# Calculate Kinetic Energy

In this worksheet, students will learn how to use the kinetic energy equation, as well as deepen their understanding of kinetic energy. Key stage:  KS 4

GCSE Boards:   AQA, AQA Trilogy, AQA Synergy, OCR 21st Century, OCR Gateway, Pearson Edexcel, Eduqas,

Curriculum topic:   Energy, Movement and Interactions, Explaining Motion, Conservation of Energy

Difficulty level:   #### Worksheet Overview

What would you rather be hit by - a speeding feather or a speeding train?  It’s the feather, right? But why?  We will be looking at kinetic energy in this activity and by the end of it, you should be able to use the equation for kinetic energy. Let’s get stuck in!

As you should already know, kinetic energy is how moving things store their energy. There are a few things that affect this and we will be using the idea of the feather and the train to try and understand the factors that affect kinetic energy.

Why would you rather be hit by a feather? Most of you will say because it’s light, right? This is true, the mass of the object will affect how much kinetic energy it has. The more massive an object, the more energy it will have.  Let’s make a note of this:

Energy (E) ∝ mass (m)

That fancy sign in the above equation (∝)  literally means 'will affect' (we call it ‘proportional’). So, all we are saying is that if we change the mass, we also change the energy.

Let’s change the situation a little bit now. The train is moving at 0.01 m/s and the feather is moving at 1,000 m/s. Which one would you rather be hit by now? Did you say the train? That’s because speed (or velocity) also has an effect on the kinetic energy. Let’s add this to our proportionality equation:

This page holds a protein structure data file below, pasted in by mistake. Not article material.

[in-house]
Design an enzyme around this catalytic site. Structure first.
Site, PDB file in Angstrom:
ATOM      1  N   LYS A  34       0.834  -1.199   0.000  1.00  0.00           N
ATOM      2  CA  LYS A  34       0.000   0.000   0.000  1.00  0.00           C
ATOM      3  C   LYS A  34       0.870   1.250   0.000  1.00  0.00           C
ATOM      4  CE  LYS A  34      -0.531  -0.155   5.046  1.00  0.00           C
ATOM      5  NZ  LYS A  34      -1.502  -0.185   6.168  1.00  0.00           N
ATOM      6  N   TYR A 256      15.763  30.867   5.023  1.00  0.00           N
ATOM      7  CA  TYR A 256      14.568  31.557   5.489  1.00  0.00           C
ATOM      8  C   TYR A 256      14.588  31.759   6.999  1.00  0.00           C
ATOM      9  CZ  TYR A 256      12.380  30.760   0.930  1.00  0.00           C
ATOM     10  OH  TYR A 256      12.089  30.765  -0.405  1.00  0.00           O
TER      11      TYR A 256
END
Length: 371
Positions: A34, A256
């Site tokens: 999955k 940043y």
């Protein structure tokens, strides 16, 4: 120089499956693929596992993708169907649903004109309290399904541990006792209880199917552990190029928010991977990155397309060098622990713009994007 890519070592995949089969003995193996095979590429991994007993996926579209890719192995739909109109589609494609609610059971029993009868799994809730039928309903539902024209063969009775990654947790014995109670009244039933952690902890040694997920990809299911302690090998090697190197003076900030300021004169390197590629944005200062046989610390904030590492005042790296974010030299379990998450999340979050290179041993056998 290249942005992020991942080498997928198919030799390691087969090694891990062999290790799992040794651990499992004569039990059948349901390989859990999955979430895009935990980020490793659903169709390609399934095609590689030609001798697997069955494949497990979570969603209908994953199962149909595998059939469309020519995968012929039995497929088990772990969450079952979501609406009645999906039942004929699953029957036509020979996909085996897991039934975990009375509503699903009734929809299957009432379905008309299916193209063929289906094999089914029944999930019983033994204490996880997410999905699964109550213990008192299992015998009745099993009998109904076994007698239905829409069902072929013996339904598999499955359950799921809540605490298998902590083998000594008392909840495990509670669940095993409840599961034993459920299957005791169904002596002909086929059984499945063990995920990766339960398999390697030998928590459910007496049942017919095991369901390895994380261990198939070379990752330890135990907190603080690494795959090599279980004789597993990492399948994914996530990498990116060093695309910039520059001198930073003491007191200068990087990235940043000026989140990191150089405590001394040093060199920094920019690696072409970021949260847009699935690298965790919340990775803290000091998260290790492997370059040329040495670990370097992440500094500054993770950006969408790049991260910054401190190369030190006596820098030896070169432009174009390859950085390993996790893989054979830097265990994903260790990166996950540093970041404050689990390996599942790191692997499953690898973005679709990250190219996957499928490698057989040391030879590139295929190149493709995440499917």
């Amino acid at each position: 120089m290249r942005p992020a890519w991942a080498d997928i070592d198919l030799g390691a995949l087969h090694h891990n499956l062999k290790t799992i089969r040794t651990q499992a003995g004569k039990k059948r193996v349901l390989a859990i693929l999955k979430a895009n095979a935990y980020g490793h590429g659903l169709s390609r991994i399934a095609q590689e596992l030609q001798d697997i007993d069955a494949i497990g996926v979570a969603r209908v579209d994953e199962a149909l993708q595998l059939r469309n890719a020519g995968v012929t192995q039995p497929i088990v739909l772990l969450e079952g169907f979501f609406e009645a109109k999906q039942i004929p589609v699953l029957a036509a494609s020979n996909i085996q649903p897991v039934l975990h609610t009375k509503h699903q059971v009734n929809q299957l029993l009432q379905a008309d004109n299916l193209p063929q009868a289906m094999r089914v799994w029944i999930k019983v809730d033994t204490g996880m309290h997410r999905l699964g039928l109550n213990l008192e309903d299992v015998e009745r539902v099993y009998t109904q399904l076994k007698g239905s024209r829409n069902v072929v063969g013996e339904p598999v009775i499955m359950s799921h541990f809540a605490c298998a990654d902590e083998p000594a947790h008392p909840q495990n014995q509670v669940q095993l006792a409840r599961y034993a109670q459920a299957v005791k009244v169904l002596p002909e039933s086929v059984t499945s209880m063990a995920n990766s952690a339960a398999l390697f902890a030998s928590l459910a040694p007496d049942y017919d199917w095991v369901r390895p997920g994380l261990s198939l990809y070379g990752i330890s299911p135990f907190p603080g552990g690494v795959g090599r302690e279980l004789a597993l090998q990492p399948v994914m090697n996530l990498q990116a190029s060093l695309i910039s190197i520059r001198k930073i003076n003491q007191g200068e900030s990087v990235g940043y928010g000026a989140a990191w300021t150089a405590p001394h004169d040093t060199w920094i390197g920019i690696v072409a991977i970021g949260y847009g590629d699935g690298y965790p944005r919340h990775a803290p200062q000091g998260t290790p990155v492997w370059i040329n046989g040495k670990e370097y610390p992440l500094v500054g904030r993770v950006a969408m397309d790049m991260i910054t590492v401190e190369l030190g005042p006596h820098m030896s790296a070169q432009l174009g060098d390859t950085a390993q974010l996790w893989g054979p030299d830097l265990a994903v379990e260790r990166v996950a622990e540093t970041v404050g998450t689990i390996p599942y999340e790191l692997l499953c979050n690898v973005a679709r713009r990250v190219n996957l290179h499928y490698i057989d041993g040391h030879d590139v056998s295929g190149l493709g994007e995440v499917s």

Energy (E) ∝ mass (m) x velocity (v)

However, it isn’t as simple that…scientists found that the mass doesn’t make as much difference as the velocity. In fact, the mass needs to be halved. They also found that the velocity makes a big difference to the amount of energy. They found that the velocity squared gives us energy. So how do you use this equation? Simple! Let’s go through an example together.

Jim runs at 3 m/s and has a mass of 60 kg. What is Jim’s kinetic energy?

Step 1  Find the values in the question and highlight them:

Jim runs at 3 m/s and has a mass of 60 kg. What is Jim’s kinetic energy?

Step 2  Write out the values next to their symbols:

mass = 60 kg

velocity = 3 m/s

Step 3  Halve the mass and square the speed:

m = 30 kg

v = 9 m/s

Step 4  Put these into the equation:

E = 30 x 9

Step 5  Put these into your calculator and press =

E = 270 J

Don’t forget the unit of energy is the joule (J).

Now it's time to have a go at some questions.

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